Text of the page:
Format: 2/23/20

Hallam Family Concerts

Saturday, March 28, 3:00 p.m.


Trumpet wunderkind Elmer Churampi is featured in an incredible afternoon of vibrant trumpet and guitar music from his native Peru.


Erik Larson

Monday, March 30, 7:30 p.m.

Location: First United Methodist Church

Erik Larson, master of narrative nonfiction, delivers The Splendid and the Vile, a compelling portrait of Winston Churchill and London during the Blitz. Larson shows, in cinematic detail, how Churchill taught the British people “the art of being fearless.” Drawing on diaries, original archival documents, and once-secret intelligence reports, Larson provides a new lens on London’s darkest year, transporting readers to a time of true leadership, when—in the face when of unrelenting horror—Churchill’s eloquence, courage, and perseverance bound a country, and a family, together. Larson’s bestselling books include The Devil in The White City and In the Garden of Beasts.


A Moveable Feast Book Club: The Night Watchman

Thursday April 2, 11:45 a.m.

Join fellow book lovers for lunch in the DMA’s Cook Boardroom as you enjoy the opportunity to delve more deeply into Louise Erdrich’s new book about Native politics in the 1950s, The Night Watchman. The conversation will be facilitated by Dr. Jaina Sanga, who is the author of three works of fiction and a literary scholar who serves on the Board of the Dallas Institute of Humanities and Culture; she is also a Fellow of the Institute. Please note that this is a book discussion, not an author event.


Film Screening: For a Dreamer of Houses

Saturday, April 4, 1:00 p.m.

See four pivotal works of video art on the big screen in this curated lineup of showings related to our new exhibition For a Dreamer of Houses. The exhibition considers the ways in which artists articulate and reimagine home and how the house is a metaphor for the relationships between ourselves and the external world. 



Richard Blanco

Monday, April 6, 7:30 p.m.

Selected by President Obama in 2013 as the fifth inaugural poet in US history, Richard Blanco is the youngest and first Latino, immigrant, gay person to serve in the role. Blanco characterizes the negotiation of cultural identity, community, and belonging in his award-winning poetry. His most recent collection, How To Love a Country, interrogates the American narrative and celebrates the still-unkept promise of its ideals. In celebration of National Poetry Month and the DMA’s new exhibition My|gration in the Center for Creative Connections, Blanco will debut an original commissioned poem inspired by a work of art in the collection.


Esther Safran Foer

Tuesday, April 14, 7:30 p.m.

Promotional Partner: Dallas Holocaust and Human Rights Museum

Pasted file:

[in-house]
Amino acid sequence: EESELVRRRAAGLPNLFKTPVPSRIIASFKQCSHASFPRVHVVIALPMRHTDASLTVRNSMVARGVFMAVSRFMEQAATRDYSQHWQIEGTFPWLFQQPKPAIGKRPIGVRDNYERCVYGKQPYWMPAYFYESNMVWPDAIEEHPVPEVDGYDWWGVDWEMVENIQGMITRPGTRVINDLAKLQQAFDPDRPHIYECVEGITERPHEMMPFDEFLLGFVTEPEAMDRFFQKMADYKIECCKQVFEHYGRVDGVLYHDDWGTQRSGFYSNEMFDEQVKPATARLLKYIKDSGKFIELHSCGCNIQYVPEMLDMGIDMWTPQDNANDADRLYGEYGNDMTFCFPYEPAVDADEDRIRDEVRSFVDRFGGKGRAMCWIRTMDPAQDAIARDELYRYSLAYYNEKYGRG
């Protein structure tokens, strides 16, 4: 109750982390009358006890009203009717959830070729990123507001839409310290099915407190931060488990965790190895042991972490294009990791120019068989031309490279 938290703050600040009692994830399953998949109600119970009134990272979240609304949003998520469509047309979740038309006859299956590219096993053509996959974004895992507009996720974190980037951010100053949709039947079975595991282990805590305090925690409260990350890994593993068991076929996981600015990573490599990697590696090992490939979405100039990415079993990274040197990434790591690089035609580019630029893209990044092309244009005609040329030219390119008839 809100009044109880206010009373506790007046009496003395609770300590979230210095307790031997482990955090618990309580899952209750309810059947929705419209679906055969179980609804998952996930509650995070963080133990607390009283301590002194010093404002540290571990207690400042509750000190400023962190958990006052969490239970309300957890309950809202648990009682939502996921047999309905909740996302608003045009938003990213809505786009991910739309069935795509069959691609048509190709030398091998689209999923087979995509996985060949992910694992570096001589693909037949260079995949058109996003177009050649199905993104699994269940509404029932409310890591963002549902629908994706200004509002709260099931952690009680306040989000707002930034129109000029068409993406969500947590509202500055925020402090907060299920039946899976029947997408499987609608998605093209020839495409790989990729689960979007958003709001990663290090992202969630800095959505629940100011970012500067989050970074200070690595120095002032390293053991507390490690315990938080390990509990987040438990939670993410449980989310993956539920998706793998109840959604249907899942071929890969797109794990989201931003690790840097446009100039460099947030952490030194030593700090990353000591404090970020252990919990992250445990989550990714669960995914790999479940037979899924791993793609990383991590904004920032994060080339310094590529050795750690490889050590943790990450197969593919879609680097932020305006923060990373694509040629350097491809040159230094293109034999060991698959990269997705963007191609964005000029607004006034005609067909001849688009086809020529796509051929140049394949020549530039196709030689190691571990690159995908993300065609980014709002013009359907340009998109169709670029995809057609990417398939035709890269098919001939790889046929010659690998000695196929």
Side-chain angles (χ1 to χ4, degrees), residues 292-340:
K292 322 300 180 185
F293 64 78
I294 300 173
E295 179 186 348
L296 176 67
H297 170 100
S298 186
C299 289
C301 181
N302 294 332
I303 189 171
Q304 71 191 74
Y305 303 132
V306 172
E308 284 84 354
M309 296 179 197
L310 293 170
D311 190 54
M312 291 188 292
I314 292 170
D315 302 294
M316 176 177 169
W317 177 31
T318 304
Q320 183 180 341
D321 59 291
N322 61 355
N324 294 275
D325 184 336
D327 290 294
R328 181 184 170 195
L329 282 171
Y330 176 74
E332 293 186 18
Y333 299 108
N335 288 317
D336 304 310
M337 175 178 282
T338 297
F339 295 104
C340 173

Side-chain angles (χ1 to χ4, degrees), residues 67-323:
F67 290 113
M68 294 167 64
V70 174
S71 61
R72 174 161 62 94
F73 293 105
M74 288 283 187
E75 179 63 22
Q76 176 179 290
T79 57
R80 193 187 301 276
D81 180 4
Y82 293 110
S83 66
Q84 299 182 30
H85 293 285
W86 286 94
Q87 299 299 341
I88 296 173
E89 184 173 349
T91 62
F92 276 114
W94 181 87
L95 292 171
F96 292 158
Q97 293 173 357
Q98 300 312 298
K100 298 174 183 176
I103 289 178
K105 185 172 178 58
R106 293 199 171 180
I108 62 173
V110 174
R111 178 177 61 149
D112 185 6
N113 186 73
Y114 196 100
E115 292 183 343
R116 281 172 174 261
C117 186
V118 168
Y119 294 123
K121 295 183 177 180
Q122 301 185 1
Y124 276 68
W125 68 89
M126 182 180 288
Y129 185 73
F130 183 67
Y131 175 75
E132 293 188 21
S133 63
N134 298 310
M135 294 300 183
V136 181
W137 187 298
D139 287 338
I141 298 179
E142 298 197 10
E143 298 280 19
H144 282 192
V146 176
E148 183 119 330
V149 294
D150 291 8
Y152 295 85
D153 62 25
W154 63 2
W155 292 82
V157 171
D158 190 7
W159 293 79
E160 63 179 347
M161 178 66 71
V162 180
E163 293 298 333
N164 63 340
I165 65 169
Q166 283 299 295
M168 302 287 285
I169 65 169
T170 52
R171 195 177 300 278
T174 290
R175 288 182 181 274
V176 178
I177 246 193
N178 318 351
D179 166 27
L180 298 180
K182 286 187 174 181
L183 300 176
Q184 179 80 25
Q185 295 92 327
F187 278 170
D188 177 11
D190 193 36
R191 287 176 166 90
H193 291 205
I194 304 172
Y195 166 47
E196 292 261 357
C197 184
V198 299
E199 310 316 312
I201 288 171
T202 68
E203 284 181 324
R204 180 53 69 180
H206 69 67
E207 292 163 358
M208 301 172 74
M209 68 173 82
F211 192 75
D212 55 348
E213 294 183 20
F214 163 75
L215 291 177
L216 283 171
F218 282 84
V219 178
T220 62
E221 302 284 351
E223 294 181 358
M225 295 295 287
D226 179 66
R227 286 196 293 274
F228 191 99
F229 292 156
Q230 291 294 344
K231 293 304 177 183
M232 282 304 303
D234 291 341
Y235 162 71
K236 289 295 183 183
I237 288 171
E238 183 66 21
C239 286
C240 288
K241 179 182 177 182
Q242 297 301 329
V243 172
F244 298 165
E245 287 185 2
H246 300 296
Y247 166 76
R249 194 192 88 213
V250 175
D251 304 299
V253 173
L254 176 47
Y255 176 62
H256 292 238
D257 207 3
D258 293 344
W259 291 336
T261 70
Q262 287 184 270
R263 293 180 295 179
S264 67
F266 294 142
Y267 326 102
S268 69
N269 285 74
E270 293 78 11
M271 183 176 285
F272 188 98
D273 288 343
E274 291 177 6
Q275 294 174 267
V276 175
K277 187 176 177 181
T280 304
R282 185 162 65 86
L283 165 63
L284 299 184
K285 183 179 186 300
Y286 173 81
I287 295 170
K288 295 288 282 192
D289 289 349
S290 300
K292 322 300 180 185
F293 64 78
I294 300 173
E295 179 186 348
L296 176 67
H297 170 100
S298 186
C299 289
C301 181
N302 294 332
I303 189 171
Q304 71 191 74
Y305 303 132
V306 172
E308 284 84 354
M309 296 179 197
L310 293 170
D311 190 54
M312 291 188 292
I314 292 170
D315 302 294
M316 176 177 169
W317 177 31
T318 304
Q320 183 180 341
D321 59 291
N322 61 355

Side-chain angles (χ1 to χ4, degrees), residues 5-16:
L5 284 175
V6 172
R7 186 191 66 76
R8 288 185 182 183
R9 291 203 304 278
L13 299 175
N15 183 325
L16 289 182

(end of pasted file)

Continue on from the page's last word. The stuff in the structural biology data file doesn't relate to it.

I Want You to Know We’re Still Here, a poignant memoir by Esther Safran Foer, is her account of growing up in the shadow of the Holocaust, a tragedy that loomed in the backdrop of daily life, felt but never discussed. When Foer learns that her father had a previous wife and daughter, both killed in the Holocaust, she travels to the Ukraine, armed with only a black-and-white photo and a hand-drawn map, determined to find the shtetl where her father hid to survive during the war.


Gallery Talk: Frans Hals

Wednesday, April 15, 12:15 p.m.

DMA curator Julien Domercq will talk about two portraits by Dutch Golden Age painter Frans Hals made 10 years apart. Find out what we can discover about the artist’s technique by looking at how he returned to the same subject over time.


A Moveable Feast Book Club: Apeirogon

Thursday, April 16, 11:45 a.m.

Join fellow book lovers for lunch in the DMA’s Cook Boardroom as you enjoy the opportunity to delve more deeply into Colum McCann’s sweeping tour de force Apeirogon. The conversation will be facilitated by Rabbi David Stern, Senior Rabbi of Temple Emanu-El, President of the Central Conference of American Rabbis and head of the international rabbinic organization of the Reform Movement. Please note that this is a book discussion, not an author event.


Late Night Film: American Animals

Friday, April 17, 9:00 p.m.

American Animals is the unbelievable but true story of four young men who brazenly attempt to execute one of the most audacious art heists in US history. Determined to live lives that are out of the ordinary, they formulate a daring plan for the perfect robbery, only to discover that the plan has taken on a life of its own. This film is rated R  (2018, 116 min.).


Paulette Jiles

Tuesday, April 21, 7:30 p.m.

Paulette Jiles, the critically acclaimed, bestselling author of News of the World and Enemy Women, returns to Texas in this atmosphereic story. Set at the end of the Civil War, Simon the Fiddler chronicles the life of an itinerant fiddle player, a ragtag band of musicians with whom he travels trying to make a living, and the charming young Irish lass who steals his heart. Told in Jile's trademark spare yet lilting style, the book is a captivating, bittersweet tale of the chances a devoted man will take and the lengths he will go to fulfill his heart's yearning.